Third, reckon with the series of quantum leaps that are turning technology into the prime agent of cultural possibility (and limits). Two recent 4-year forecasts (2014!): Google on your contact lens, and nursing aides that look and sound like nursing aides but that are actually mechanical robots. If the church can’t give a lead to our thinking and that of the nation round about us as the tech century gets seriously underway, it’s hard to see its survival as anything other than a parody of the paganism outside its walls. But if it can, the faith once delivered to the saints could once again come into its own.
Is social justice something that can be cultivated? I hadn’t thought about it in that way until I read Culture Making.
I’ve been thinking a lot about poverty and social breakdown and what I can do about it. How can I help the people in my town who are poor, hungry, sick, or have loved ones in prison? Many in my generation are turning to government to solve the challenges of social justice, but that kind of approach usually doesn’t work. (Just look at the results of Uncle Sam’s $15.9 trillion “War on Poverty” since the 1960s.) Throwing money at problems doesn’t address their underlying causes, nor does it bring me face-to-face with those in need. I want a strategy for engagement that’s more personal—and effective—than calling for yet another new government program. My desired approach resonates with Crouch’s definition of cultivation: “Taking care of the good things that culture has already handed on to us.”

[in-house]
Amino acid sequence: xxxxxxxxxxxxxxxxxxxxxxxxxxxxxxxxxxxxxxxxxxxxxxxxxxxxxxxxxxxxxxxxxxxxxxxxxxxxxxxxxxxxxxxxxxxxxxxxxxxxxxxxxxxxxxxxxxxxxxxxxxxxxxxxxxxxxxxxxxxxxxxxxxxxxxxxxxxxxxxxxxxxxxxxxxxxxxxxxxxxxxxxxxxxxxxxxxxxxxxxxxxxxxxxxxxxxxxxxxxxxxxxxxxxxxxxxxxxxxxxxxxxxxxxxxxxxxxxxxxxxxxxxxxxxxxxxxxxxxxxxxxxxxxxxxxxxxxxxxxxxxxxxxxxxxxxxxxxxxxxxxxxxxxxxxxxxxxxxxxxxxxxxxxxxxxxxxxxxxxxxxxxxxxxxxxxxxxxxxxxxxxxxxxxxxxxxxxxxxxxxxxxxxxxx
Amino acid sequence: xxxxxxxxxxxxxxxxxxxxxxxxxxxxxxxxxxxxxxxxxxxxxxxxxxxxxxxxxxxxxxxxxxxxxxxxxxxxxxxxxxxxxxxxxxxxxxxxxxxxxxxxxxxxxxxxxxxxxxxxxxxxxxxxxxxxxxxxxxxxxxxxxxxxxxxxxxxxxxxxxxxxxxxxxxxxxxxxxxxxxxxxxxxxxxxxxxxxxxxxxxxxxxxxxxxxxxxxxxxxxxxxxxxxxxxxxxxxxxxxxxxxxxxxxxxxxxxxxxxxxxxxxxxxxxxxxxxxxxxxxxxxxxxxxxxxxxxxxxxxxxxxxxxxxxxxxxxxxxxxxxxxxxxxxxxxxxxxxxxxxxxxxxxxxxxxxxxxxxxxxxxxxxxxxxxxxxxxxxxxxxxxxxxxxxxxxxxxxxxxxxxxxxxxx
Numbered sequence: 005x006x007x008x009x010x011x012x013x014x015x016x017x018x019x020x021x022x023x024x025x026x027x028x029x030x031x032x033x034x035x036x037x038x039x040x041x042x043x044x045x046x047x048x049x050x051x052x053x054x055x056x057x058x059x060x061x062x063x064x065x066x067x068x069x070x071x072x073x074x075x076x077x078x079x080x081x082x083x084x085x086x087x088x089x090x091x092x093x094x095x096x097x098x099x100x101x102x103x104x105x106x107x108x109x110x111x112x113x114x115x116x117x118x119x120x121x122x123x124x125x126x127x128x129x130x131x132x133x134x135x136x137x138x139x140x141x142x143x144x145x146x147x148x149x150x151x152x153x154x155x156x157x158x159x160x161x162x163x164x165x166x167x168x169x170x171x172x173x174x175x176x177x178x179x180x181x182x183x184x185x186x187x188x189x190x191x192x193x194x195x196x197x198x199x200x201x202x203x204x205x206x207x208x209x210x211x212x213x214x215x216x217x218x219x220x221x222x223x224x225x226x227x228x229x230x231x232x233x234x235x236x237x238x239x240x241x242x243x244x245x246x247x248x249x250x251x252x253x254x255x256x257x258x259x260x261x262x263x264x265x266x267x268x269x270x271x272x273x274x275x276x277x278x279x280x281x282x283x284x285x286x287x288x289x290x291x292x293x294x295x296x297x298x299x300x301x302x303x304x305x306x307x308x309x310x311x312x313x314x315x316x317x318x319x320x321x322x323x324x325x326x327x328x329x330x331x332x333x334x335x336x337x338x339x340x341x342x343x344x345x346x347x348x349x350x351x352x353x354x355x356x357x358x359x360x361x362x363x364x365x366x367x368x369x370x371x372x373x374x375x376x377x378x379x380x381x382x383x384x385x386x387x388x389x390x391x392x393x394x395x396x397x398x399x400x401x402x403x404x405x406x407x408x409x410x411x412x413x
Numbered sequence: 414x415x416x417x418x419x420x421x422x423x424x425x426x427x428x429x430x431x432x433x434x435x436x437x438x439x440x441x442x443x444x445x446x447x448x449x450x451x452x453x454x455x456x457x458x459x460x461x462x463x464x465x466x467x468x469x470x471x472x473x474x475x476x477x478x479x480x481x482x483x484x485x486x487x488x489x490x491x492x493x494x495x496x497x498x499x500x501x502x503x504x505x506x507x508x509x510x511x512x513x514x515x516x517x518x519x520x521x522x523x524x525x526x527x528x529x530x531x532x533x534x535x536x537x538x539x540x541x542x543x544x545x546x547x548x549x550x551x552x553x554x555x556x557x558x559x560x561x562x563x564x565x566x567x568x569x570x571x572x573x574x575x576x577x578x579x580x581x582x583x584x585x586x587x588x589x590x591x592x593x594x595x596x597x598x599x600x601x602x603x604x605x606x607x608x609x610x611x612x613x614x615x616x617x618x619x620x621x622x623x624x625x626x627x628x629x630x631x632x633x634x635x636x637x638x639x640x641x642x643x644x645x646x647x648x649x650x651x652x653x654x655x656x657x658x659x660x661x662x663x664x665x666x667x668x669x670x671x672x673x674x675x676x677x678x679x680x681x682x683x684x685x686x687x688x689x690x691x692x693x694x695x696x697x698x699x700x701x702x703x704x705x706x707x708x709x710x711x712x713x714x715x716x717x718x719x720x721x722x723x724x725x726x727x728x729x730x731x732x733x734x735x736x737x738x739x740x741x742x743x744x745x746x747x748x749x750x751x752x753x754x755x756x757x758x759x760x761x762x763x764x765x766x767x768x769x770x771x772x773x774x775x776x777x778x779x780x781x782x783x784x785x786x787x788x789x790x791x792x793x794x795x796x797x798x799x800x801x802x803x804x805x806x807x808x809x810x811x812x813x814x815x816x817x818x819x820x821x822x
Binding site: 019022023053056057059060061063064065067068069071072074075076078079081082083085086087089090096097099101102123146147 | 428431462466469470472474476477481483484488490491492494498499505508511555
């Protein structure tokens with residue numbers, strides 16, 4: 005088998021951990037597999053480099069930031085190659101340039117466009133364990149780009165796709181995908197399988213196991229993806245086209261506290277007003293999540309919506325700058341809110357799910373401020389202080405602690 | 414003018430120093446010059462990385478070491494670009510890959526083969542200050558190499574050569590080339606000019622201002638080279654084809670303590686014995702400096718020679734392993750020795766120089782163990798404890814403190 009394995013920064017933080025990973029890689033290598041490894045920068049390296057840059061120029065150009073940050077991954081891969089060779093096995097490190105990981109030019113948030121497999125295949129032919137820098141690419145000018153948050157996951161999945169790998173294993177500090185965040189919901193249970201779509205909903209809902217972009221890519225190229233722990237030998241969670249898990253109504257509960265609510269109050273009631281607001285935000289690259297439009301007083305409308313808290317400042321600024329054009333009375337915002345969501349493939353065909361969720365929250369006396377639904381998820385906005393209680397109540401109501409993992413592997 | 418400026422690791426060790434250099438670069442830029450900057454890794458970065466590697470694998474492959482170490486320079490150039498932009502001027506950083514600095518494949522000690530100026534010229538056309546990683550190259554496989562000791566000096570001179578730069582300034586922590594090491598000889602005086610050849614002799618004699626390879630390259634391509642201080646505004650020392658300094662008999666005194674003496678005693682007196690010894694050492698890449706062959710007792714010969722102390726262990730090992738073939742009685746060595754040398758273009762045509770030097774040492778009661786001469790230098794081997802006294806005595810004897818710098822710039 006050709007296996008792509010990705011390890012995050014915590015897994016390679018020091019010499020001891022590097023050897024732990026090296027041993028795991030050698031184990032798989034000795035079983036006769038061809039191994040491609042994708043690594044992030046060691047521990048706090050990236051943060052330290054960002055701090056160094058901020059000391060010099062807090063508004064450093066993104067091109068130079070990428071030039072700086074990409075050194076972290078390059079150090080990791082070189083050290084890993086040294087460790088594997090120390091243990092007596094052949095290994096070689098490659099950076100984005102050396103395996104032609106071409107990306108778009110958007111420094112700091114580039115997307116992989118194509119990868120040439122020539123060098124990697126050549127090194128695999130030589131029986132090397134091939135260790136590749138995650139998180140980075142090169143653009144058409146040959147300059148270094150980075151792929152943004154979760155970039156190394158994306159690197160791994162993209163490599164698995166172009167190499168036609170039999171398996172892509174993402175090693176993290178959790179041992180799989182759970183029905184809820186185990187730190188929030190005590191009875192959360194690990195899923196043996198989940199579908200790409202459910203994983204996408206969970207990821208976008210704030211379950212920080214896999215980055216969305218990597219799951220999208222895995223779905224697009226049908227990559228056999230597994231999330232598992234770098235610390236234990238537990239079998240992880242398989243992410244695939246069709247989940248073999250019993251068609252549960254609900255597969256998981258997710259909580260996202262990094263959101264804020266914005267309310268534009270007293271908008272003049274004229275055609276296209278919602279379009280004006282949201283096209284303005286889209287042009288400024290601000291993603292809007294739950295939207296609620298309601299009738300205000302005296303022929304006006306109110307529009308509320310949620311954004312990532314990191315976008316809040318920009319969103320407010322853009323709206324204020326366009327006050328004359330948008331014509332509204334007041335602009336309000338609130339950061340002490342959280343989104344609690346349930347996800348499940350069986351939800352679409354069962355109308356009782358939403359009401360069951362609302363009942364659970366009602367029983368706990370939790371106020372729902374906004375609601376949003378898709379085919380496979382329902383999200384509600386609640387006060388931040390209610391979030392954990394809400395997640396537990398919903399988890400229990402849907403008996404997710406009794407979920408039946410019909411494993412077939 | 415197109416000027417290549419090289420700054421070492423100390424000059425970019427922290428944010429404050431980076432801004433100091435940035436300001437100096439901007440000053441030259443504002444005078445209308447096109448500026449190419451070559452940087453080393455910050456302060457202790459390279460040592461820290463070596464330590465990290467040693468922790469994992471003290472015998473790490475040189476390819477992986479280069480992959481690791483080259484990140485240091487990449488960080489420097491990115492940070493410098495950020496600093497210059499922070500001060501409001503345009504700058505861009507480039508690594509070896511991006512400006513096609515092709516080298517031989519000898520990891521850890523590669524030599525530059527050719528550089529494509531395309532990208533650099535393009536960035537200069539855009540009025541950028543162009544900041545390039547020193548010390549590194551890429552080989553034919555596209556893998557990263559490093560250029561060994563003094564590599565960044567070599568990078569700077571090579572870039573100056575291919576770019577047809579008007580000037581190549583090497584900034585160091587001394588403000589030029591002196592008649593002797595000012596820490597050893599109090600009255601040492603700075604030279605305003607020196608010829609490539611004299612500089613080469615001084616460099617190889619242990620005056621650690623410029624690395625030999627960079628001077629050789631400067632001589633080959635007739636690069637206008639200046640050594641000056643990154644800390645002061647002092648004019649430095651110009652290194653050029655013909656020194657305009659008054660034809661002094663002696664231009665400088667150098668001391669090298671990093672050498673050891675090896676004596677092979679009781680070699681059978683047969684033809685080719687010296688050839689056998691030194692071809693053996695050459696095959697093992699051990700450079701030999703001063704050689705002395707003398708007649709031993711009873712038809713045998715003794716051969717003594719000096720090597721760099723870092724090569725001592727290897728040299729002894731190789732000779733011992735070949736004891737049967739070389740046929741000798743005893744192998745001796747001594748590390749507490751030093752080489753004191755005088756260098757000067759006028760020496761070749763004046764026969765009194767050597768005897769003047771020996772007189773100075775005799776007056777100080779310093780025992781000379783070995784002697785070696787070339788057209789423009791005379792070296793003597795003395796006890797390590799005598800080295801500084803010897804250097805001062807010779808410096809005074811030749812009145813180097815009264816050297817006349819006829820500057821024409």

One of those good things is marriage, which is key for cultivating healthy lives and thriving communities—the goal of social justice. As Crouch writes, “One who cultivates tries to create the most fertile conditions for good things to survive and thrive.” Consider this: children born and raised in a home with their married parents are seven times less likely to experience poverty than those born to single moms. It may not be as trendy a cause as “going green” or fighting disease in Africa, but if I’m really serious about helping create conditions that prevent or overcome poverty, I simply can’t ignore the importance of healthy, intact families. None of us can.
So, an important focus for me in 2010 will be working for stronger marriages in my neighborhood and congregation, starting with my own. (Cultivation begins from the ground up!) Nurturing this valuable cultural good is something for which all Christians can strive this year, whether through supporting church-run marriage ministries, volunteering to baby-sit so spouses can enjoy evenings out, or counseling couples considering marriage. We can also push for solid theological teaching about marriage and for better sharing and accountability among married couples in our congregations. I pray that such practices can enrich the “fertile conditions” for thriving—and thus help to cultivate social justice—across the country.
Wrest control from those without hope to offer
To what activities will you give priority in 2010 in your own cultural engagement with regard to each of these postures and gestures?